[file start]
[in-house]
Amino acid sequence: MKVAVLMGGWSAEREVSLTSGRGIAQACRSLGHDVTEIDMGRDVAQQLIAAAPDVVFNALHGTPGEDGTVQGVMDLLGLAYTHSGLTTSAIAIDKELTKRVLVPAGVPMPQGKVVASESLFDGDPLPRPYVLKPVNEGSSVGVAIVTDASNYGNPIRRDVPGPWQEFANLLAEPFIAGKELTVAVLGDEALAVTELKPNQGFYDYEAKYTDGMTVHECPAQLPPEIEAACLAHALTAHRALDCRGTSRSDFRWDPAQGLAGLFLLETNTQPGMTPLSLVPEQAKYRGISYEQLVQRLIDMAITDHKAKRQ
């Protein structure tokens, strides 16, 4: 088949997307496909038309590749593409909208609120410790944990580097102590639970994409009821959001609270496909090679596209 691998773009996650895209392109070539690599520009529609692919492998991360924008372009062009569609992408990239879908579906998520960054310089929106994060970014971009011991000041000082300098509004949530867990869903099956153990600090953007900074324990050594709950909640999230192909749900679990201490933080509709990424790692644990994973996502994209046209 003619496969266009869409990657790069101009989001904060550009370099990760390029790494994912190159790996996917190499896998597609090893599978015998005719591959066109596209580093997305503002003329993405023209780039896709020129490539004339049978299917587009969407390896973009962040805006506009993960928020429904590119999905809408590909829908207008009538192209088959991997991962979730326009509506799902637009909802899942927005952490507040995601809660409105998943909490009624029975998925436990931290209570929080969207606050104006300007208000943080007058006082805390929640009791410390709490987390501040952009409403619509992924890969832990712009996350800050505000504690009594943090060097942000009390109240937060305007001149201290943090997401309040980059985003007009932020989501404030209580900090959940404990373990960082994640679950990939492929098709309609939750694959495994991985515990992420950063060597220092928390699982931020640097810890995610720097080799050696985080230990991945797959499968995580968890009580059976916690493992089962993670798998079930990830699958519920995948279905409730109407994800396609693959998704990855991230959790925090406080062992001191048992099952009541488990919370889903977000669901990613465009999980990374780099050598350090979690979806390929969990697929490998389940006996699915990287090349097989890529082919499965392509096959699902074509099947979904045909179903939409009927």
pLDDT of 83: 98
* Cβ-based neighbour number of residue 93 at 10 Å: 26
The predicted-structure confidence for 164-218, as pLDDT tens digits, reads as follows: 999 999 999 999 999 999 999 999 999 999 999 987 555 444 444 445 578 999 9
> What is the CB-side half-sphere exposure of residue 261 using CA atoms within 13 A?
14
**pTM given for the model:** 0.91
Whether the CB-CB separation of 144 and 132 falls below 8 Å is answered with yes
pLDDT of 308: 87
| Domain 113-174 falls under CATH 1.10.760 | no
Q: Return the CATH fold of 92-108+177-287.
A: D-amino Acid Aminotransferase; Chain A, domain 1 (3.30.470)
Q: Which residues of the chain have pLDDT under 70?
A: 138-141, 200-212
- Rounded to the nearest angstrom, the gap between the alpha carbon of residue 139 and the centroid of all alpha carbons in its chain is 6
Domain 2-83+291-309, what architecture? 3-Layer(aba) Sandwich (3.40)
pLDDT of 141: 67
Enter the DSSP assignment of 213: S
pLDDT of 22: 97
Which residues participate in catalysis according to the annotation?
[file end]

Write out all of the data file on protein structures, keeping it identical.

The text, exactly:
[in-house]
Amino acid sequence: MKVAVLMGGWSAEREVSLTSGRGIAQACRSLGHDVTEIDMGRDVAQQLIAAAPDVVFNALHGTPGEDGTVQGVMDLLGLAYTHSGLTTSAIAIDKELTKRVLVPAGVPMPQGKVVASESLFDGDPLPRPYVLKPVNEGSSVGVAIVTDASNYGNPIRRDVPGPWQEFANLLAEPFIAGKELTVAVLGDEALAVTELKPNQGFYDYEAKYTDGMTVHECPAQLPPEIEAACLAHALTAHRALDCRGTSRSDFRWDPAQGLAGLFLLETNTQPGMTPLSLVPEQAKYRGISYEQLVQRLIDMAITDHKAKRQ
């Protein structure tokens, strides 16, 4: 088949997307496909038309590749593409909208609120410790944990580097102590639970994409009821959001609270496909090679596209 691998773009996650895209392109070539690599520009529609692919492998991360924008372009062009569609992408990239879908579906998520960054310089929106994060970014971009011991000041000082300098509004949530867990869903099956153990600090953007900074324990050594709950909640999230192909749900679990201490933080509709990424790692644990994973996502994209046209 003619496969266009869409990657790069101009989001904060550009370099990760390029790494994912190159790996996917190499896998597609090893599978015998005719591959066109596209580093997305503002003329993405023209780039896709020129490539004339049978299917587009969407390896973009962040805006506009993960928020429904590119999905809408590909829908207008009538192209088959991997991962979730326009509506799902637009909802899942927005952490507040995601809660409105998943909490009624029975998925436990931290209570929080969207606050104006300007208000943080007058006082805390929640009791410390709490987390501040952009409403619509992924890969832990712009996350800050505000504690009594943090060097942000009390109240937060305007001149201290943090997401309040980059985003007009932020989501404030209580900090959940404990373990960082994640679950990939492929098709309609939750694959495994991985515990992420950063060597220092928390699982931020640097810890995610720097080799050696985080230990991945797959499968995580968890009580059976916690493992089962993670798998079930990830699958519920995948279905409730109407994800396609693959998704990855991230959790925090406080062992001191048992099952009541488990919370889903977000669901990613465009999980990374780099050598350090979690979806390929969990697929490998389940006996699915990287090349097989890529082919499965392509096959699902074509099947979904045909179903939409009927």
pLDDT of 83: 98
* Cβ-based neighbour number of residue 93 at 10 Å: 26
The predicted-structure confidence for 164-218, as pLDDT tens digits, reads as follows: 999 999 999 999 999 999 999 999 999 999 999 987 555 444 444 445 578 999 9
> What is the CB-side half-sphere exposure of residue 261 using CA atoms within 13 A?
14
**pTM given for the model:** 0.91
Whether the CB-CB separation of 144 and 132 falls below 8 Å is answered with yes
pLDDT of 308: 87
| Domain 113-174 falls under CATH 1.10.760 | no
Q: Return the CATH fold of 92-108+177-287.
A: D-amino Acid Aminotransferase; Chain A, domain 1 (3.30.470)
Q: Which residues of the chain have pLDDT under 70?
A: 138-141, 200-212
- Rounded to the nearest angstrom, the gap between the alpha carbon of residue 139 and the centroid of all alpha carbons in its chain is 6
Domain 2-83+291-309, what architecture? 3-Layer(aba) Sandwich (3.40)
pLDDT of 141: 67
Enter the DSSP assignment of 213: S
pLDDT of 22: 97
Which residues participate in catalysis according to the annotation?